From the ashes of democracy, tyranny rises

After an explosive scandal regarding a president spending millions to renovate his mansion, the once popular leader is feeling the heat and is now turning his country into a witch-hunting securocracy.

At the heart of his troubles are the so-called “spy tapes”, which reveal the enormity of his criminal activities, his ruthless efforts to defeat the ends of justice, and the extent to which he is prepared to compromise the country’s criminal justice system to protect himself and his family.

Last year he extended his term after a vicious election campaign that was characterised by the opposition accusing him of buttressing his power under the pretext of national security.

He is seemingly emboldened by the absence of a strong, viable opposition and the fact that his is still a relatively solid but shaky democracy in a volatile region.

In the world of duplicitous foreign policy, he is still regarded as a necessary evil but at home he is becoming the prime evil. His corruption and weak, divisive leadership are turning a once-promising regional power into a failing state. The opposition accuses him of using taxpayers’ money for his avaricious personal lifestyle, symbolised by the state’s exorbitant renovations to his palace.

This month a brawl broke out in Parliament as the opposition tried to thwart what they describe as the president and the ruling party’s attempt to turn the country into a security state. He is about to sign a secrecy Bill reminiscent of the country’s emergency laws under the past dictatorship.

According to the opposition, the Bill – which has sparked local and international condemnation – will strengthen the president’s hold on power by means of brutal force and the crushing of any dissent, especially in the face of mounting public protests.

He is accused of using security institutions for political ends and reintroducing a venomous atmosphere of fear, mistrust, suspicion and anger, an atmosphere last experienced during the rule of the previous, repressive regime.

He has surrounded himself with sycophantic parliamentarians and unctuous party officials who are prepared to do anything to protect his corrupt desires. Others who ride on his corruption and popularity wave are the state media.

A journalism professor observed that a new breed of greedy media baron with political connections is capturing mainstream media outlets. They use these media companies as allegiance tokens to win multibillion state contracts. They thrive through government advertising that is corruptly channelled to their editorially moribund newspapers and dreary TV channels.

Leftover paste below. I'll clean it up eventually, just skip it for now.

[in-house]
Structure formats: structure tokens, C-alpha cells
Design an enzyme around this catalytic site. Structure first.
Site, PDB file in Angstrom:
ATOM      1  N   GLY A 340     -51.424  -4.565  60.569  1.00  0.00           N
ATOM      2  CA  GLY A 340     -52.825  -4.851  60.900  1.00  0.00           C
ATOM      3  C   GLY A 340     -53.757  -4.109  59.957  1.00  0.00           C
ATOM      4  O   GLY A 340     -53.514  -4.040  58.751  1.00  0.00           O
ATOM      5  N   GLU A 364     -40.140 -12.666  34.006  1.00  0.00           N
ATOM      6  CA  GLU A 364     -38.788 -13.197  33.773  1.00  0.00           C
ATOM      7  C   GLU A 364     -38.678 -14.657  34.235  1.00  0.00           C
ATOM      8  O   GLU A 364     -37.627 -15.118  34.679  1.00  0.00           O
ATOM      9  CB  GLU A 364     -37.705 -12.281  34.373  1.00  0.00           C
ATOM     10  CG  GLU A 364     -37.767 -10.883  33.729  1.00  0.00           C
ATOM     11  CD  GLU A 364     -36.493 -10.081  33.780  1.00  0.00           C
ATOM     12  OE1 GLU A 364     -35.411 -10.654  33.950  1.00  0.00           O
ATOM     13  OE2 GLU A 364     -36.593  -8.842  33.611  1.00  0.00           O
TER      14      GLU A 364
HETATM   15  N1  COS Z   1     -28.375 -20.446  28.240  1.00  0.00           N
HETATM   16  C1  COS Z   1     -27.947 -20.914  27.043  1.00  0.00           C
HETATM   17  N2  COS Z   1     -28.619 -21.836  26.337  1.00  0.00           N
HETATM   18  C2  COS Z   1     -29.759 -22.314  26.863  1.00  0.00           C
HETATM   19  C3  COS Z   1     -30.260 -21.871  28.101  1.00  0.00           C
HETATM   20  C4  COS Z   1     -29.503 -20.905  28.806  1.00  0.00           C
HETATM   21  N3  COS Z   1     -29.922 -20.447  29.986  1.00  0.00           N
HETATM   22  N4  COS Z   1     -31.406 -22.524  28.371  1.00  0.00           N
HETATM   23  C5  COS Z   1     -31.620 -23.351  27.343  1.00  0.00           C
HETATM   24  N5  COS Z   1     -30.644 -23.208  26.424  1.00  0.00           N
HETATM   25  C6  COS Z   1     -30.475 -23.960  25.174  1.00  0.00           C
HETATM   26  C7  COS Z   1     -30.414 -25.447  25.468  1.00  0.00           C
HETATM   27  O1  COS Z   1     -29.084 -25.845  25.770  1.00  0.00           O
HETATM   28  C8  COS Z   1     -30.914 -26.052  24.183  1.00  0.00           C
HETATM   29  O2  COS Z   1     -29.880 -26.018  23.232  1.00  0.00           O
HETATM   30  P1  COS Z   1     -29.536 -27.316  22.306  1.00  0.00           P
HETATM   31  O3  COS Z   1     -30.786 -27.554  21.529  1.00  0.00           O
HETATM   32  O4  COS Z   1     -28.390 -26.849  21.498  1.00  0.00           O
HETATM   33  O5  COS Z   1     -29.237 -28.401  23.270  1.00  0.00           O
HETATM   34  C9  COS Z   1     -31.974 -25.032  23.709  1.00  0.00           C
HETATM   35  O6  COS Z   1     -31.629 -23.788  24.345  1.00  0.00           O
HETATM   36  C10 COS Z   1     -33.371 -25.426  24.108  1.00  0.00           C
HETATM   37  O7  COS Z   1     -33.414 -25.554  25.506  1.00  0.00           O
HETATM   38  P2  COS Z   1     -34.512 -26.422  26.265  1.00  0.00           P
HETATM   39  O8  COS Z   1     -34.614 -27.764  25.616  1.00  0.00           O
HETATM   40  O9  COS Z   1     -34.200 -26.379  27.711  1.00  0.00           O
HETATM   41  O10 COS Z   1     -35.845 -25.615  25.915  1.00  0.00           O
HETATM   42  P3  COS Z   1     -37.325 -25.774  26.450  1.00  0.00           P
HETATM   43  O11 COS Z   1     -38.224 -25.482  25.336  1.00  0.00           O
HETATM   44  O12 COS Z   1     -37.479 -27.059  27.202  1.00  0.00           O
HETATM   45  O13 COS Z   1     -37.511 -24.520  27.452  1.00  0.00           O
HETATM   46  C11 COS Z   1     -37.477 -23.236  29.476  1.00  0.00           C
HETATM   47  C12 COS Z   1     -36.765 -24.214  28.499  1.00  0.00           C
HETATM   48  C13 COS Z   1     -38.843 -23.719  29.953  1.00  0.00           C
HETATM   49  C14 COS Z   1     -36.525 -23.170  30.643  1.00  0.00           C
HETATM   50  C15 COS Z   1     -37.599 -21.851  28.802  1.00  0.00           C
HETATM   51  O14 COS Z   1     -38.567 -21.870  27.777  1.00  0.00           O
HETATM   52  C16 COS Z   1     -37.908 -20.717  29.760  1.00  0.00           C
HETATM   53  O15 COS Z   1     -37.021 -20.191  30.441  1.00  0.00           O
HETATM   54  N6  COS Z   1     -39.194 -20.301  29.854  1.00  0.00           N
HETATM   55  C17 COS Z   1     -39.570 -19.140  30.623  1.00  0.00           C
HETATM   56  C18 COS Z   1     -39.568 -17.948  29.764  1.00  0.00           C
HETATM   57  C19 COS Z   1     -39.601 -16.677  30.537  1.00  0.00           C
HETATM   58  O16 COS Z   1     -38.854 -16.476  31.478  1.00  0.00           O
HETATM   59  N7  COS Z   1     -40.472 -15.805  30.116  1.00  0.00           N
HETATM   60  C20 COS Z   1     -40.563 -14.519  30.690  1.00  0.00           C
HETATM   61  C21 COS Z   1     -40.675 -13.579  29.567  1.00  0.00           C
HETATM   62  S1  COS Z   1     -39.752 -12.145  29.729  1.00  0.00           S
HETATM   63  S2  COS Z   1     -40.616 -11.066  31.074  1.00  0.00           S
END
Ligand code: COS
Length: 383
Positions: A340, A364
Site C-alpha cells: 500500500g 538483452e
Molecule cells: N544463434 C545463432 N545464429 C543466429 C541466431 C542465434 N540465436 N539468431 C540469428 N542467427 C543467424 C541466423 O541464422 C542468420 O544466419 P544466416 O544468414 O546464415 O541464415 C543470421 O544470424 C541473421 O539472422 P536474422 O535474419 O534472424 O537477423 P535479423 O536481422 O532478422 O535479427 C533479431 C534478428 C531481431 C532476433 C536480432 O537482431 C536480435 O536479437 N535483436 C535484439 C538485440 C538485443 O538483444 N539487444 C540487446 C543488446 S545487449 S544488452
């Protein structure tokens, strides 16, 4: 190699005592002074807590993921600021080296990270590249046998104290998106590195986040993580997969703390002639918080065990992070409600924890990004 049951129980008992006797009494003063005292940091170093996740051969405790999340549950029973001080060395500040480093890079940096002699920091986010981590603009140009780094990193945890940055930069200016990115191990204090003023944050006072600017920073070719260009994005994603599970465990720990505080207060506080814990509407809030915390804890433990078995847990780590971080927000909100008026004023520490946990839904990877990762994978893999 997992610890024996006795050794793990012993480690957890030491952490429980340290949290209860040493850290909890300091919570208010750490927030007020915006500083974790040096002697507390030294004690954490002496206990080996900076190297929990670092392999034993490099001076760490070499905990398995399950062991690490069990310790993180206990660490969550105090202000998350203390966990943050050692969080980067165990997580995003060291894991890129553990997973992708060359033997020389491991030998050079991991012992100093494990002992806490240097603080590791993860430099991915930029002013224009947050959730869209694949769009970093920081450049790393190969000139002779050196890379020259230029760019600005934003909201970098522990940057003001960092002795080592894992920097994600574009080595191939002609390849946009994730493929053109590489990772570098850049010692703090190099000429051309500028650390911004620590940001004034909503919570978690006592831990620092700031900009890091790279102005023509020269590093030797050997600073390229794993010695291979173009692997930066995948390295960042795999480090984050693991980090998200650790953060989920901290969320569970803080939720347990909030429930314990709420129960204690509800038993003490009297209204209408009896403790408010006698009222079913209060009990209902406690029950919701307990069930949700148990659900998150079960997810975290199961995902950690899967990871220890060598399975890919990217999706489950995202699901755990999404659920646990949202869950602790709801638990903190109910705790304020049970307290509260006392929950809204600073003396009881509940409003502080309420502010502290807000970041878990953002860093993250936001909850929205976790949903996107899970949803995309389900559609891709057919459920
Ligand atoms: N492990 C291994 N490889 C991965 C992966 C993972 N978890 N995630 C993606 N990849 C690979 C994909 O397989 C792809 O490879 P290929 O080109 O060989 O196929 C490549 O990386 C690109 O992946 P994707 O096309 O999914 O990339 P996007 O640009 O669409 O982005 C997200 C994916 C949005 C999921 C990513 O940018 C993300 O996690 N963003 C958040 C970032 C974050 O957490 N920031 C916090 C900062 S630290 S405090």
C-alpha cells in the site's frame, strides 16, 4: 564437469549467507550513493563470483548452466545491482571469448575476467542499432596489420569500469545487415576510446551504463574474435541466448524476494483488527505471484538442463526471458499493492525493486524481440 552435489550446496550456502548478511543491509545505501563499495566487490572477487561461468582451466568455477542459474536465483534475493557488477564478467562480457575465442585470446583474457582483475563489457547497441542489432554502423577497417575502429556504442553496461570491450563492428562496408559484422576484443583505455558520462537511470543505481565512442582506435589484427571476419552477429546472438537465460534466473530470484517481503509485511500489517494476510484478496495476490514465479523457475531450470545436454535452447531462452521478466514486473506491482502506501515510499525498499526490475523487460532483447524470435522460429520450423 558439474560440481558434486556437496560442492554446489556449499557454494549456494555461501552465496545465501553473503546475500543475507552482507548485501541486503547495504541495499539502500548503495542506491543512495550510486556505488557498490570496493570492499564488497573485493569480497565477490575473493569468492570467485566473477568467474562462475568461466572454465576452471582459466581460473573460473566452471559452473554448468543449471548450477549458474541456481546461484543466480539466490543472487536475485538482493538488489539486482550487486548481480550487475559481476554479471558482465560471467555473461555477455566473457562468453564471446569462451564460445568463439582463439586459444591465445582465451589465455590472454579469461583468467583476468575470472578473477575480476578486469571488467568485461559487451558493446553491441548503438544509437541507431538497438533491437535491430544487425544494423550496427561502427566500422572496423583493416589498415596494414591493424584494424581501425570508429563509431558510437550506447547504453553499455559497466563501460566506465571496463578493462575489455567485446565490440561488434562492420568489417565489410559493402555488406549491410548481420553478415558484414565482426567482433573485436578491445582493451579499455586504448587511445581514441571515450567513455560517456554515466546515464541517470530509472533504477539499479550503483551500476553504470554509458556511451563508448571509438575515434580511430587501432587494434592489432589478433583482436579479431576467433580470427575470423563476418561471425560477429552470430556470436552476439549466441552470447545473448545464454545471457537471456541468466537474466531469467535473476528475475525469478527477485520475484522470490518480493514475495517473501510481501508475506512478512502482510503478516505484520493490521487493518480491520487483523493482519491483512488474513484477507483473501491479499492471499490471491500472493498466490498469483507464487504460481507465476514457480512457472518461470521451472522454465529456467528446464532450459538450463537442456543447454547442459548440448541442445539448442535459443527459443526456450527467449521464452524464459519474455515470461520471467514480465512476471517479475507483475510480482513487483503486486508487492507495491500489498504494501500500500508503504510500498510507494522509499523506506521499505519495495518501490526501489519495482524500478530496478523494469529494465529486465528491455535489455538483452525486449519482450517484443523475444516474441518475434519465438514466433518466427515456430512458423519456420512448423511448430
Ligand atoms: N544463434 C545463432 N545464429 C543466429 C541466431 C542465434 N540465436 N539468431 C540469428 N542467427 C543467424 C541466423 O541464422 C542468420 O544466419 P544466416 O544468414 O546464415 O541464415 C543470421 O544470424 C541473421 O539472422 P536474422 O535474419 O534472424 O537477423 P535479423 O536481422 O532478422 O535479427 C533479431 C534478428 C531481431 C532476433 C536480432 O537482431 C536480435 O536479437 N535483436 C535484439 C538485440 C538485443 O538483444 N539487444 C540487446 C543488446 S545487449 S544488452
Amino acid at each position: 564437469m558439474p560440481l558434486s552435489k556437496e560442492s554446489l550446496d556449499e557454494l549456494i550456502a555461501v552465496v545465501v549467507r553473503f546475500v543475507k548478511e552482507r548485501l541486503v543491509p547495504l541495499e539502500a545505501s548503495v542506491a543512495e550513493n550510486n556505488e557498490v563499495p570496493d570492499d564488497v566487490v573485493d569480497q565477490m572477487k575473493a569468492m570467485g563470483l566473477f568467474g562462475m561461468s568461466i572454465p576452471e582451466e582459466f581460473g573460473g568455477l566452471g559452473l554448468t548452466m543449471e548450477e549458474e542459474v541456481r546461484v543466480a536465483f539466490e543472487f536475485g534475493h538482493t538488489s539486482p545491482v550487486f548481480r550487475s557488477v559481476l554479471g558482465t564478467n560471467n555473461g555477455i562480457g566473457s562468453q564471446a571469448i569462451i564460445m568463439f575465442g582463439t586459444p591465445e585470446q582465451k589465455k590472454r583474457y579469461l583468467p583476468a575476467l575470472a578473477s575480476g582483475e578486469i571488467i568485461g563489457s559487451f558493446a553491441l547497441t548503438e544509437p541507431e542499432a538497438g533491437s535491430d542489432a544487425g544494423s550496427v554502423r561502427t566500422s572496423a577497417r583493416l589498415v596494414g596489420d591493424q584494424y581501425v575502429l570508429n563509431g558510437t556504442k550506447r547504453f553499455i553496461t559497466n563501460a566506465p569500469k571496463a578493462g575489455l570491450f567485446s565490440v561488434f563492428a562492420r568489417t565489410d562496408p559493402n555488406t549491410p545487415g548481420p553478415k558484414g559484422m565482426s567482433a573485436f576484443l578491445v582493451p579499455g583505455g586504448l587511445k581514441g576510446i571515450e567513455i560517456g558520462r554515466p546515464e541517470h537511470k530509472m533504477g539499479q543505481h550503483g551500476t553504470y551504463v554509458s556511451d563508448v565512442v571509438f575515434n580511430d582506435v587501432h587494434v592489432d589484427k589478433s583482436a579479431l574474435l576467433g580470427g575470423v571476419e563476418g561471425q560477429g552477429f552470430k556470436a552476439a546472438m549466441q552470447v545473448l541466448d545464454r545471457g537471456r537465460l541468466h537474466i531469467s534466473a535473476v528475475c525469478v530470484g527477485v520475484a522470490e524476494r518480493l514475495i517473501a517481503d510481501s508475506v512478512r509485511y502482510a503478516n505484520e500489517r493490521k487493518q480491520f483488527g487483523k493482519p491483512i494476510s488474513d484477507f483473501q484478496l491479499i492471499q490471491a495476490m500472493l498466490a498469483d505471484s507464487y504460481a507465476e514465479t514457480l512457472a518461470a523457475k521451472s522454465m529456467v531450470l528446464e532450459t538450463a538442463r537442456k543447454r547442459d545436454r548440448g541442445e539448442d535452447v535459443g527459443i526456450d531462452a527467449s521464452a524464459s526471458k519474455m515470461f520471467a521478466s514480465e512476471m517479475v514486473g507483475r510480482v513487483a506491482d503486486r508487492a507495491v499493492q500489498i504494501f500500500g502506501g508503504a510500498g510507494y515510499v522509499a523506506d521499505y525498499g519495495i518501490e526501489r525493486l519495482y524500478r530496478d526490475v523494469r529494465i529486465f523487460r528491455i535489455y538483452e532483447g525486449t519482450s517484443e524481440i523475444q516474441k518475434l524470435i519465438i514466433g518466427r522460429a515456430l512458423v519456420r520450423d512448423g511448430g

One unprofitable media house, according to the journalism professor, was bought with funding from a state institution. And, despite a barrage of questions about the true nature of the transaction, this was never disclosed.

An independent pollster has revealed that, whereas government departments continue to drench these loyal media with advertising spend, most readers – including many who vote for the governing party – shun these discredited media. Their journalists have become praise singers for the party in power and, according to an independent journalist, are a disgrace to the profession.

The independent journalist said the job of these izimbongi (praise singers) is primarily to justify the doings of the ruling party and the president’s unlawful actions.

The critical independent press is facing a massive political and commercial onslaught. State departments and most private companies refuse to advertise. Independent journalists endure insults, harassment, threats and accusations of all forms of treasonous acts.

A senior editor aptly summed it up: “When power is threatened and corruption is exposed, the independent media feel the heat.”

Interestingly, most of these independent journalists admitted, embarrassingly so, that they voted and used to support this president and his ruling party.

One can be excused for thinking that this is the depressing story of South Africa today. But it is the sad tale of Turkey under President Recep Tayyip Erdogan.

Listening to Turkish independent journalists, researchers, academics and pressure groups last week, we (a delegation of South African journalists, members of civil society groups and academics) were stunned and disturbed by the sharp parallels and similarities between Turkey’s and South Africa’s stories.

Unfortunately, our host, Turquoise Harmony Institute – which preaches love, tolerance and social cohesion through dialogue and “appreciating the other” – neither invited nor introduced us to any voices loyal to Erdogan. I guess it was not in its interest to do so.

After hearing this gloomy account, some of us tried to find a sense of hope, an internal reassurance that we are not there yet – despite the recent actions in Parliament to curb media freedom and a violent clampdown on the opposition.

At least our editors and proprietors are not in detention (without trial), our courts and media (except for a few loyalists) are still aggressively independent, and our civil society and political opposition vigorously demand accountability.

One of my colleagues told our Turkish counterparts (with qualification, though) that there shall never be a dictatorship in this country because there will always be a pushback. I, however, urge us to maintain aggressive vigilance.

Moshoeshoe Monare is the deputy editor of the Mail & Guardian. His trip to Turkey was paid for by the Turquoise Harmony Institute

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